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Mitchgo

Supreme Member

Posts: 502

Location: Seattle

11

Tuesday, March 22nd 2011, 12:05am

Like I said your issue at the moment isn't electrical, the valve is physically stuck on .

The way you explain it makes it seem like there is a master valve, you can check on this by looking at the wiring at the controller and if you see a wire running into the MV/ Pump port then you have a master valve

The way Your system works


Irrigation Shut off >>> Electronic Master Valve>> Main Line Pipe branching to valves > Valves ( Irrigating 1 zone per valve)

When the controller is OFF, the Master valve is turned off. Thus preventing water from flowing through the main line. When you turn the controller on, the master valve turns on and water starts flowing through the main line to the specified zone you turned on. Your problem is that you have a zone that is stuck on physically more then likely from debris ( I see the slip fix on the master valve Which is Hunter) this indicates a repair has been done on this valve.

If you hear water running through the valve on the other side of the driveway then more then likely this is the fouled up valve that is stuck on. Like I say this is not electrical.. Your can manually turn on the master valve by turning the solenoid on top 1/4 turn , if that zone with the 4 heads come on then now you know this is the stuck zone

The valve should probably be just replaced and the main line flushed to help prevent further valves from being damaged.

A normal ohm range of a solenoid is 20-60 though they can work outside this perimeter . You can do this by touching the common port and the zone port . Like I say though, your issue isn't electrical

larbec

Senior Member

12

Tuesday, March 22nd 2011, 3:32pm

main valve

[attach]44[/attach][attach]44[/attach]I think I found the issue, one of the valves that seemed to be vibrating has a slit in the diaphragm. Could this be the issue? Would you replace the diaphragm or the entire valve?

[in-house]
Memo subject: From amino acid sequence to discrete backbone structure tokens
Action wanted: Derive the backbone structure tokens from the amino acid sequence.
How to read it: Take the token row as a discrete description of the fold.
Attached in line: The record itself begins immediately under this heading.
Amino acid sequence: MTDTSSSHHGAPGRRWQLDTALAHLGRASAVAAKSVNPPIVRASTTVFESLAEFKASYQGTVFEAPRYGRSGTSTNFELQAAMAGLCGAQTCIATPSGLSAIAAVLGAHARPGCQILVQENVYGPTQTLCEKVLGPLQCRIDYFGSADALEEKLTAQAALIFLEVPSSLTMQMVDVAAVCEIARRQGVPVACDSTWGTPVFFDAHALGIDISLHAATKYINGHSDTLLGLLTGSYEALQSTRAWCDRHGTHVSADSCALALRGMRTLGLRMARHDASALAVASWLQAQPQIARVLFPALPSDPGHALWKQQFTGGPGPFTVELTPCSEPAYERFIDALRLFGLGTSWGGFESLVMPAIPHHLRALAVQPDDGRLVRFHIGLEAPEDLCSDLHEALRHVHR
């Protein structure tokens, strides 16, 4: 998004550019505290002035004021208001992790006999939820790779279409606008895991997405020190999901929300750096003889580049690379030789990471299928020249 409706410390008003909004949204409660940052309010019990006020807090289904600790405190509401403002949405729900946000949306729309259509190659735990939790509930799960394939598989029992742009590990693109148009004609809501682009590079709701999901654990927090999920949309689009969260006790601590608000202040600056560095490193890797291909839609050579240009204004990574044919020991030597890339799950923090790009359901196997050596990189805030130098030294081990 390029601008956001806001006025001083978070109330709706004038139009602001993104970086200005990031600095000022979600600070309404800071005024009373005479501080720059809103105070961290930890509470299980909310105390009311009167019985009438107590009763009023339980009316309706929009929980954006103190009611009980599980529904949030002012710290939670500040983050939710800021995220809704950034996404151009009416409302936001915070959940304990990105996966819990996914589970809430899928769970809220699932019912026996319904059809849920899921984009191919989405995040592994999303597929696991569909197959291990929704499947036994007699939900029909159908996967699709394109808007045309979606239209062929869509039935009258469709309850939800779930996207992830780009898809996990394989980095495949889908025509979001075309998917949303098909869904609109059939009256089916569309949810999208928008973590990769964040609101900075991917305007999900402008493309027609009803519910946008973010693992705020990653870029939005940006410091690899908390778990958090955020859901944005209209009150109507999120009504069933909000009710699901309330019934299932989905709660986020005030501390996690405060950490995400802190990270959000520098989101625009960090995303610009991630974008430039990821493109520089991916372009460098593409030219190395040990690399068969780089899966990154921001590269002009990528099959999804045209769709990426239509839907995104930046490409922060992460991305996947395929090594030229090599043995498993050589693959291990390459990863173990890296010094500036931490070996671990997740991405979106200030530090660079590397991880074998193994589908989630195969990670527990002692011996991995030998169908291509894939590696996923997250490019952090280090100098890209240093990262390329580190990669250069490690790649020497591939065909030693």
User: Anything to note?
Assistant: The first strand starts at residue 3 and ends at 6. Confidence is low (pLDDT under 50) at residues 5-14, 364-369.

larbec has attached the following file:

This post has been edited 3 times, last edit by "larbec" (Mar 22nd 2011, 5:17pm)


Mitchgo

Supreme Member

Posts: 502

Location: Seattle

13

Tuesday, March 22nd 2011, 8:36pm

If the diaphram is slit, then this is the reason for the zone to be stuck on

The easier thing would be to replace the diaphram. However it may be hard to find a repair kit.

Try to get the make and model of that valve and do a online search to see if there are any repair kits.

You can also take it to your local irrigation supply store ( Such as john deere landscapes, ewing and many more ) and see if they can help you out

If you feel you can cut out the valve and replace it with relative ease then this may be the better and quicker choice

Good luck!

larbec

Senior Member

14

Tuesday, March 22nd 2011, 9:30pm

Thanks, I called two places here in town and one has it in stock ($20) and the other (Ewing) is telling me I should replace the entire valve which after looking at the set up it could be done with some more digging. Of course, changing the diaphragm would be the easiest.

If this was yours, which route would you go?
larbec has attached the following file:
  • bad diaphram.jpg (17.94 kB - 37 times downloaded - Last download: Aug 9th 2012, 10:52am)

Mitchgo

Supreme Member

Posts: 502

Location: Seattle

15

Wednesday, March 23rd 2011, 12:38am

I personally in your situation i would just replace the diaphram.. Though I don't like those kind of valves...

There isn't enough spacing between the pipes to rebuild the valve quickly and easily. You could cut the outlet side of the valve and spin the valve off from the thread, then just rebuild the outlet side.. Other than that your stuck with rebuilding the tee prior, the master valve and so on.

larbec

Senior Member

16

Wednesday, March 23rd 2011, 7:58am

thanks

I appreciate it Mithgo, I feel the same but wanted another opinion.

Wet_Boots

Supreme Member

Posts: 4,044

Location: Metro NYC

17

Thursday, March 24th 2011, 7:48am

The Toro valve is repairable, and the other valve should be the same. If you take inventory of the entire system, you may find only one or two valves that are not identical to the others. In those cases, it sometimes simplifies life to install a replacement that makes all your zone valves of one (reliable and repairable) model.

This post has been edited 1 times, last edit by "Wet_Boots" (Mar 24th 2011, 7:53am)


larbec

Senior Member

18

Friday, March 25th 2011, 4:33pm

I thought I would report back. I had two bad diaphragms and I found a bad solenoid valve today so I will replace it tomorrow when the irrigation place opens. Thanks for all the help!!!

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